If you want to see where a particular gene is active, you can use green fluorescent protein, or GFP, and the cells will light up. If you want to turn that gene on or off in an organism, you might use an enzyme called Cre recombinase.
But if you want to turn a gene on or off only in one cell type? That’s hard.
But the job just got a lot easier. Harvard Medical School researchers have found a way to combine GFP and Cre.
The new tool, called “Cre dependent on GFP” or Cre-DOG for short, piggybacks Cre onto GFP so researchers can not only look at but also manipulate genes in GFP-expressing cells while leaving other cells alone.
Senior author Connie Cepko, Bullard Professor of Genetics and Neuroscience at HMS, said:
“In one step you can go from just looking at a cell to asking something about its physiology, its circuitry and its anatomy. That’s very powerful.”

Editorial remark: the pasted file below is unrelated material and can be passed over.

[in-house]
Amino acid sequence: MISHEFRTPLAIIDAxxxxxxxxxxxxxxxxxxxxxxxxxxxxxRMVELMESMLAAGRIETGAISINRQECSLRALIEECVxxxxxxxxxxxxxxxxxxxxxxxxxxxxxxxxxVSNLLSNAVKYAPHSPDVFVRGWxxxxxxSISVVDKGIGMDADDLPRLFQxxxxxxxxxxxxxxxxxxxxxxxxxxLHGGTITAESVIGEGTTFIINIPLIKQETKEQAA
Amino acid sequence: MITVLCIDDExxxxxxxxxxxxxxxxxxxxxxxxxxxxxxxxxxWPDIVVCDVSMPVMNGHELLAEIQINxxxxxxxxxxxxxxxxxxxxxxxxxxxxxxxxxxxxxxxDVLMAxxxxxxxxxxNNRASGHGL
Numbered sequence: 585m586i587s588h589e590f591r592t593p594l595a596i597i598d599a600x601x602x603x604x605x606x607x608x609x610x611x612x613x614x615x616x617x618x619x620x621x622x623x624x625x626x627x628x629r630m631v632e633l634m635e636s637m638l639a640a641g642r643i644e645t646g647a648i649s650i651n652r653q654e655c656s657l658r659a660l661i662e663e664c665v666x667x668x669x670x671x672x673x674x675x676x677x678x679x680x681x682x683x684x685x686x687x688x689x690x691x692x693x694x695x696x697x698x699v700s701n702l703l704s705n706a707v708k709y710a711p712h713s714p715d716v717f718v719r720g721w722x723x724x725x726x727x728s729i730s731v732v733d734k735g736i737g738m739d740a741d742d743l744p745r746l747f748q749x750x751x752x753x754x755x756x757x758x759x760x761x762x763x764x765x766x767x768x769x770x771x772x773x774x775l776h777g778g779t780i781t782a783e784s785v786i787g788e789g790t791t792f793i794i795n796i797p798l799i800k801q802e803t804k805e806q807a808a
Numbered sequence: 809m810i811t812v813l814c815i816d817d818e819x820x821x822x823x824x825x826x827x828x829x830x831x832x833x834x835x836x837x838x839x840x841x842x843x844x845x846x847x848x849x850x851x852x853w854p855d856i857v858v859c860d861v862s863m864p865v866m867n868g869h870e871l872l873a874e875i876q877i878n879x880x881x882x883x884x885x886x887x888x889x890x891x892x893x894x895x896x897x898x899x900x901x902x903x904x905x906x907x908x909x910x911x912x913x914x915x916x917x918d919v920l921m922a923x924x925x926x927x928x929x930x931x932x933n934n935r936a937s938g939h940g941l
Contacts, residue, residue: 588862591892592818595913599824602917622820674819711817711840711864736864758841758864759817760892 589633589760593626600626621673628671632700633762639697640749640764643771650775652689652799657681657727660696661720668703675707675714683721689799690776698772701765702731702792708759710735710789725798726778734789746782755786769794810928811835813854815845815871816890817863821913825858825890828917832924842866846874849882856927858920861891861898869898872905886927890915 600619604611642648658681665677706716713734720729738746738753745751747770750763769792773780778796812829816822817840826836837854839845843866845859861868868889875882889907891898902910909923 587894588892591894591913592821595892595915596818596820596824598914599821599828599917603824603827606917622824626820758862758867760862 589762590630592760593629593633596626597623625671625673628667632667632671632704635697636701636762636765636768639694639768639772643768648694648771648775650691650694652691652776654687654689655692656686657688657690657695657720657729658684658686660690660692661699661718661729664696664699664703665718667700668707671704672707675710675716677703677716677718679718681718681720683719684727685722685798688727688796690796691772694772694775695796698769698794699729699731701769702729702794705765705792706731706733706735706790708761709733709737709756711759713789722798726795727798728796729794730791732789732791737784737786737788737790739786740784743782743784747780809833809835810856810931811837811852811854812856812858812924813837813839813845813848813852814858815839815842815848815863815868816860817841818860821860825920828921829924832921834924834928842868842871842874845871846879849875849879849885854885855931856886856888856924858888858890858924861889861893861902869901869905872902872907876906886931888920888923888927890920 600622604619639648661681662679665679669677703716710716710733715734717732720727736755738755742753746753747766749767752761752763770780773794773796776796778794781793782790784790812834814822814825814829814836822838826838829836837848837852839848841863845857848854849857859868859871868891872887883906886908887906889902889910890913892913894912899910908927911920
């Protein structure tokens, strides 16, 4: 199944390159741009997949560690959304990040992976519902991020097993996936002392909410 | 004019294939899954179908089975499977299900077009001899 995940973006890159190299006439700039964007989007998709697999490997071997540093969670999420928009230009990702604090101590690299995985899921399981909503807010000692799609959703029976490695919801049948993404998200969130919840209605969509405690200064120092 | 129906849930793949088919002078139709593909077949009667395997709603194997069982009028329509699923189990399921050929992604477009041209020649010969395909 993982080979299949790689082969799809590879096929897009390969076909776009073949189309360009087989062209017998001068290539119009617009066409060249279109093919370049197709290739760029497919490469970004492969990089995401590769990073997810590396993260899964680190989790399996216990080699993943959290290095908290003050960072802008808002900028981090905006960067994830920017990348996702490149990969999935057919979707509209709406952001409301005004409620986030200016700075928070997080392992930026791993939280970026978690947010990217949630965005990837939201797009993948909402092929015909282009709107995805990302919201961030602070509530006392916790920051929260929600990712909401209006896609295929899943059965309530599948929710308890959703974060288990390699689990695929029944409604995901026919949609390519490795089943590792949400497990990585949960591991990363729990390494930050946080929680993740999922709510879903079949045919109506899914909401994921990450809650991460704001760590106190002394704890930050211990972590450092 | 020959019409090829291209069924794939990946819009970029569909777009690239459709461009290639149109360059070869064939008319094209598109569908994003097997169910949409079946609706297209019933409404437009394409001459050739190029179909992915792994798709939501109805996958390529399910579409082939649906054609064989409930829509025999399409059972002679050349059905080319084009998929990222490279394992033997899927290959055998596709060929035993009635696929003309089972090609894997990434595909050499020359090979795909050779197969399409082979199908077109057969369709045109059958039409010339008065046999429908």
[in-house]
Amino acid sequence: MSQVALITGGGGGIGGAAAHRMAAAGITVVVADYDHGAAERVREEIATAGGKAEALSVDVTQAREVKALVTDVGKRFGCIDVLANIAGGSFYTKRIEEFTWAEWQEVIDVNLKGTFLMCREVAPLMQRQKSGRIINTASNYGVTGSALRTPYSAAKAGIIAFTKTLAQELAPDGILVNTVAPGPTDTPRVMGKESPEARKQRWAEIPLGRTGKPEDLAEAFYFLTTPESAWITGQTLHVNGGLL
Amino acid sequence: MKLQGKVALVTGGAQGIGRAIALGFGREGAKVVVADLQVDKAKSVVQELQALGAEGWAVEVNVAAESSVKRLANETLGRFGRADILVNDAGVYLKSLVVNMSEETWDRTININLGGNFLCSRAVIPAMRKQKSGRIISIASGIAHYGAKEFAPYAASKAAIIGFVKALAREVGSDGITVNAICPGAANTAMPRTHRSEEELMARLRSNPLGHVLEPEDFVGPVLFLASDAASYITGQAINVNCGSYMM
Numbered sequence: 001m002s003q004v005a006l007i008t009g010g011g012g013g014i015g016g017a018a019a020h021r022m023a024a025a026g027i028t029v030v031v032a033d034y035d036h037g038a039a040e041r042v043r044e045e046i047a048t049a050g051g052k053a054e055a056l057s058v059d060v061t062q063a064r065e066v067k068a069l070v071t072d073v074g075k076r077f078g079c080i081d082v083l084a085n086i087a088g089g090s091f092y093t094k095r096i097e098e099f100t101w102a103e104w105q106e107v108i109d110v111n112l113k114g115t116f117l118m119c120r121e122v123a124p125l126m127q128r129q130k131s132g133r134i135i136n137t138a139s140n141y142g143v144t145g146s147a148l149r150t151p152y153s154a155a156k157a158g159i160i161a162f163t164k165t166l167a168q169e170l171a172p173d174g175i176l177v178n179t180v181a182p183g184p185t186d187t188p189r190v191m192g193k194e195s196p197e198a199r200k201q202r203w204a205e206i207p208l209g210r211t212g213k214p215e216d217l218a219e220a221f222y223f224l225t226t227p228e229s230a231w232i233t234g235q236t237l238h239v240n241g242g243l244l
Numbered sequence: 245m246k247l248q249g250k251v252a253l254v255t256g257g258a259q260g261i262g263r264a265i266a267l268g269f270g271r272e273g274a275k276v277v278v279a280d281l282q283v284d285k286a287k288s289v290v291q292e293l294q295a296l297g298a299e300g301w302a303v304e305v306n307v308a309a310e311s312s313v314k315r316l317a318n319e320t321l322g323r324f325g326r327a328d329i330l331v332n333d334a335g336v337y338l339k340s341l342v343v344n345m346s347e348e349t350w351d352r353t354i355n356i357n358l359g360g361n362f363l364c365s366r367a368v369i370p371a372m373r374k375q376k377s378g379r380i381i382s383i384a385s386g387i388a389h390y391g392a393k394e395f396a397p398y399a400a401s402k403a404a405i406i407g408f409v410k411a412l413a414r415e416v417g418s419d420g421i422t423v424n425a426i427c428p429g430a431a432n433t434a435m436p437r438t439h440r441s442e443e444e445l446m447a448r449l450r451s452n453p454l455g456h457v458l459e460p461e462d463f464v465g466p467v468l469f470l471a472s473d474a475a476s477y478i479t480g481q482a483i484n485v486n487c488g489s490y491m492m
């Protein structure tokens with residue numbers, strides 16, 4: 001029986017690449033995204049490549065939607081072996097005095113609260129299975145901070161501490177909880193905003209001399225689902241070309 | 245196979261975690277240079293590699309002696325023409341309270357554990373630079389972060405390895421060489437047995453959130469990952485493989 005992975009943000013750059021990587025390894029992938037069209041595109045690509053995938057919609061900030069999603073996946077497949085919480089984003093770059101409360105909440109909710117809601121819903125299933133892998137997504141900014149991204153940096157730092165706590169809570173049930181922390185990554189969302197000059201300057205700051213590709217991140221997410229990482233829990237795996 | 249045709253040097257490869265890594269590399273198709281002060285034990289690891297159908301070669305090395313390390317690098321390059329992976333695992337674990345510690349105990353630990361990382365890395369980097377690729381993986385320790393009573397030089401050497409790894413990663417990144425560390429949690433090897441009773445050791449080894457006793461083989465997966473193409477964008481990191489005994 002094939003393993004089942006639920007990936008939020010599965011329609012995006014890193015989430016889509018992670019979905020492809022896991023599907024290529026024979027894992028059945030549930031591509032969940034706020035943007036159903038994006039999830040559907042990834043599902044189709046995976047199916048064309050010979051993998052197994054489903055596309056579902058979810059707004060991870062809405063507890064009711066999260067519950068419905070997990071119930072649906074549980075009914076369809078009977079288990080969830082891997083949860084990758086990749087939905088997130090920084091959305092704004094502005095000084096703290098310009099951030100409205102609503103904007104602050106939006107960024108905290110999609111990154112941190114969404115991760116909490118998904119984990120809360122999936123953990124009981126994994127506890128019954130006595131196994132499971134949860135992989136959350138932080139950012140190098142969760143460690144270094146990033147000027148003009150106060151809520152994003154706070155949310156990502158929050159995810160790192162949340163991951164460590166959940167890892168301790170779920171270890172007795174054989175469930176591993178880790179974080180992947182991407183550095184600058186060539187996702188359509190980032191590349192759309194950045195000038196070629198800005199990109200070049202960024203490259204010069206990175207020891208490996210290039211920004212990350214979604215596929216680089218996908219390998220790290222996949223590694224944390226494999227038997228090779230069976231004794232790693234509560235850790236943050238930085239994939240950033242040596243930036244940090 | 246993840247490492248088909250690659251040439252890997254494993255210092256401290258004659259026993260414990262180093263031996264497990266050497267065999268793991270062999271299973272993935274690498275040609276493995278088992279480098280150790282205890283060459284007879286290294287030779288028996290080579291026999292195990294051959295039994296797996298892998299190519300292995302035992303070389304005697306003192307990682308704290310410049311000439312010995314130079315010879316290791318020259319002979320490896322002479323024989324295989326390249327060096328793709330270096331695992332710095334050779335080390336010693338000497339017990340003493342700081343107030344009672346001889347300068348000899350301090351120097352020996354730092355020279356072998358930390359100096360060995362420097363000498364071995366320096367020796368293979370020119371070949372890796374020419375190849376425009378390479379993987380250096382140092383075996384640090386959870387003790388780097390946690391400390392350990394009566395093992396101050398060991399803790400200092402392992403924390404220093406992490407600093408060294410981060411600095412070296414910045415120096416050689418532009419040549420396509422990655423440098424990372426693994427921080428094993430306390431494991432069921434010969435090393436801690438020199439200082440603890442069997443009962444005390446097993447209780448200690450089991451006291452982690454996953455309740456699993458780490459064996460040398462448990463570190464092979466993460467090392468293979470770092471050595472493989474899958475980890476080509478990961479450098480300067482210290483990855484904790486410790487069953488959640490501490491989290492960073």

Doing More With Green Fluorescent Protein Lines
Structure of the ‘Aequorea victoria’ green fluorescent protein by Jawahar Swaminathan and MSD staff at the European Bioinformatics Institute
Over a thousand transgenic mouse lines have been engineered to express GFP in particular kinds of cells, while there are far fewer Cre lines. Cre-DOG allows researchers to skip the laborious creation of Cre lines by doing more with existing GFP lines.
“It opens up genetic manipulations in a much larger number of specific cell types and saves a huge amount of time and money,” said Cepko. “The more we know about how cells function, the better we can understand disease and development, allowing us to design more effective therapies.”
Second author Stephanie Rudolph, a postdoctoral researcher in the lab of HMS neurobiologist Wade Regehr, said:
“In our lab we have a lot of mouse lines that express GFP, but so far, we only use them for anatomical studies. Now we can use them to study circuit function and development in the brain, define the roles of subpopulations of neurons within a circuit and study which neurotransmitters they release.”
One perk of Cre-DOG is that the Cre-and-antibody molecules can be injected using adeno-associated viruses, or AAVs, a tool many researchers already use.